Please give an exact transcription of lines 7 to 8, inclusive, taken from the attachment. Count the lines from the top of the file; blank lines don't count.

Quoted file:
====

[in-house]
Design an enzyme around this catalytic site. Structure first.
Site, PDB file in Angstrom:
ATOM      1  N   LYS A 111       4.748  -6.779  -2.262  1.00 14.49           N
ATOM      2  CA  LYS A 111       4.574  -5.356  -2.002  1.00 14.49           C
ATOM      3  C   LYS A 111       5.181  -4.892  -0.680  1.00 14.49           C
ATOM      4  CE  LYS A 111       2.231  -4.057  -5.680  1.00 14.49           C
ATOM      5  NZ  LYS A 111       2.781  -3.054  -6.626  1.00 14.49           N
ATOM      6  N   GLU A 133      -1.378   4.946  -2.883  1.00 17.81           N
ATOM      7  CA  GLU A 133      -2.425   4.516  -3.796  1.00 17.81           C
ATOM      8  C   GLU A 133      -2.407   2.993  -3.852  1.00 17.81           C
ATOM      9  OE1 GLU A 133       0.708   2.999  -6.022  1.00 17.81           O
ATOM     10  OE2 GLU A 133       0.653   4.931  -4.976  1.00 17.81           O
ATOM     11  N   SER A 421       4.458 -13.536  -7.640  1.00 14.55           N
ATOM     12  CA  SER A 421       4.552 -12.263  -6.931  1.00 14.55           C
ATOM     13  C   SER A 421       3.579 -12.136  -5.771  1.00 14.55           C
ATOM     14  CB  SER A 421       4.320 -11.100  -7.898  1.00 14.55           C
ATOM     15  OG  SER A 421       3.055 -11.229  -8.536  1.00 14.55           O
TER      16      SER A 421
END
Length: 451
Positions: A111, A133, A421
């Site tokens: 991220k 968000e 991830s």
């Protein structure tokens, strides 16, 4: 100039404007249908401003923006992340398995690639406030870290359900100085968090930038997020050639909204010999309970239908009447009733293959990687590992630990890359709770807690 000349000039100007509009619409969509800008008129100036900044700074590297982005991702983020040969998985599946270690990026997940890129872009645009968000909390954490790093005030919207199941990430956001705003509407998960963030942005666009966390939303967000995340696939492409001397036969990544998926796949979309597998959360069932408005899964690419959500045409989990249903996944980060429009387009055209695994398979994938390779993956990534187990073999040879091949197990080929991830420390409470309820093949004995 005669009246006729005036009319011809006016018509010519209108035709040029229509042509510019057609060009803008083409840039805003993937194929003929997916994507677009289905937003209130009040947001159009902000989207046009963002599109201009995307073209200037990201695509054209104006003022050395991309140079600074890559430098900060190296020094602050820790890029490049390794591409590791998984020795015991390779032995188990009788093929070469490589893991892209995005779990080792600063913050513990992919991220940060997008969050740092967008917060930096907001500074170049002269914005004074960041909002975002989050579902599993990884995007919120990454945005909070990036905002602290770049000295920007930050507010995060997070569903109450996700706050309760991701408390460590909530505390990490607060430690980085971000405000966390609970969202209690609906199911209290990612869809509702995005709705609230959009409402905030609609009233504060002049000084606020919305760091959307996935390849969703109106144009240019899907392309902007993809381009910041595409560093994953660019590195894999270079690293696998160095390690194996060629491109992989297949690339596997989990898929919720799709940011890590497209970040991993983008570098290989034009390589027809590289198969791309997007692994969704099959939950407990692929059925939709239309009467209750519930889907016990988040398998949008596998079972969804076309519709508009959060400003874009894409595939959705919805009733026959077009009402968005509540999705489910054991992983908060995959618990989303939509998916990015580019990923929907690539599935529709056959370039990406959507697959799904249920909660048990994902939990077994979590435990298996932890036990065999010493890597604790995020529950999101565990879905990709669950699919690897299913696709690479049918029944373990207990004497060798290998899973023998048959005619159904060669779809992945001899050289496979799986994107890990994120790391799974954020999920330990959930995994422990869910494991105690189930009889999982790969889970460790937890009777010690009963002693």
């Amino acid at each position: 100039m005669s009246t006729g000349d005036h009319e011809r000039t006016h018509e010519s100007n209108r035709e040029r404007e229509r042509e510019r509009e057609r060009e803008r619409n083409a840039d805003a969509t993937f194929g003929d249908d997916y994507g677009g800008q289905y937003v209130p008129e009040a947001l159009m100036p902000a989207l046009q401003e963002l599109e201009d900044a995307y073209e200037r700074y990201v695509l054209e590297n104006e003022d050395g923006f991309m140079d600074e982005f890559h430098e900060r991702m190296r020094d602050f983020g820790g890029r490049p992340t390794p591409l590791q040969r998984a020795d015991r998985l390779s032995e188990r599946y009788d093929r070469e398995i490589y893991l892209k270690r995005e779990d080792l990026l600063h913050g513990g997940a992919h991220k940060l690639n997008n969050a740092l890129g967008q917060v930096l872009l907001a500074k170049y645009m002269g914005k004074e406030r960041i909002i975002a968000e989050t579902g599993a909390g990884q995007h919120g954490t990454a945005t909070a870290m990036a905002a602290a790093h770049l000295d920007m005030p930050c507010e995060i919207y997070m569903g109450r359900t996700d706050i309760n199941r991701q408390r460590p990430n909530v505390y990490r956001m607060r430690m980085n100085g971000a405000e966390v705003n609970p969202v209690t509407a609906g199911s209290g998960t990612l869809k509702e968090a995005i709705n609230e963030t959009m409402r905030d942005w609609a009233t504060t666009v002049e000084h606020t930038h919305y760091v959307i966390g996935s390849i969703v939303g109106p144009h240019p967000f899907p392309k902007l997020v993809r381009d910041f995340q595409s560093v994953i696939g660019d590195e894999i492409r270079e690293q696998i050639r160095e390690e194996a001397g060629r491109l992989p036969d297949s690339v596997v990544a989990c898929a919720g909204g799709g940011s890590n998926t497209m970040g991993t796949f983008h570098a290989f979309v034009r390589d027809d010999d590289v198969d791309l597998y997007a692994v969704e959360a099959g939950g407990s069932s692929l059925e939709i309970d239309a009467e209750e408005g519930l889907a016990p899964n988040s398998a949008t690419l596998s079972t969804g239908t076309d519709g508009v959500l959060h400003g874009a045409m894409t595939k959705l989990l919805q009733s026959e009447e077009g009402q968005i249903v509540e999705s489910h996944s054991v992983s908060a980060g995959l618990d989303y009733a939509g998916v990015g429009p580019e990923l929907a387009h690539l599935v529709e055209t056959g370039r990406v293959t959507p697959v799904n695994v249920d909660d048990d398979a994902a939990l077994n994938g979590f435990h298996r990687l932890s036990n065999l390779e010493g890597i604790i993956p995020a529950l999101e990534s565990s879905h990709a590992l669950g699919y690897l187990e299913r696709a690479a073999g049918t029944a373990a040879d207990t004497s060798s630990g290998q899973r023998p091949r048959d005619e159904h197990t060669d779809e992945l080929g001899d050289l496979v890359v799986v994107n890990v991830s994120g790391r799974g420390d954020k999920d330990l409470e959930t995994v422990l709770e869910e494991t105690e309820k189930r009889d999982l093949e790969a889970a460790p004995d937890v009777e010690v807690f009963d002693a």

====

ATOM      4  CE  LYS A 111       2.231  -4.057  -5.680  1.00 14.49           C
ATOM      5  NZ  LYS A 111       2.781  -3.054  -6.626  1.00 14.49           N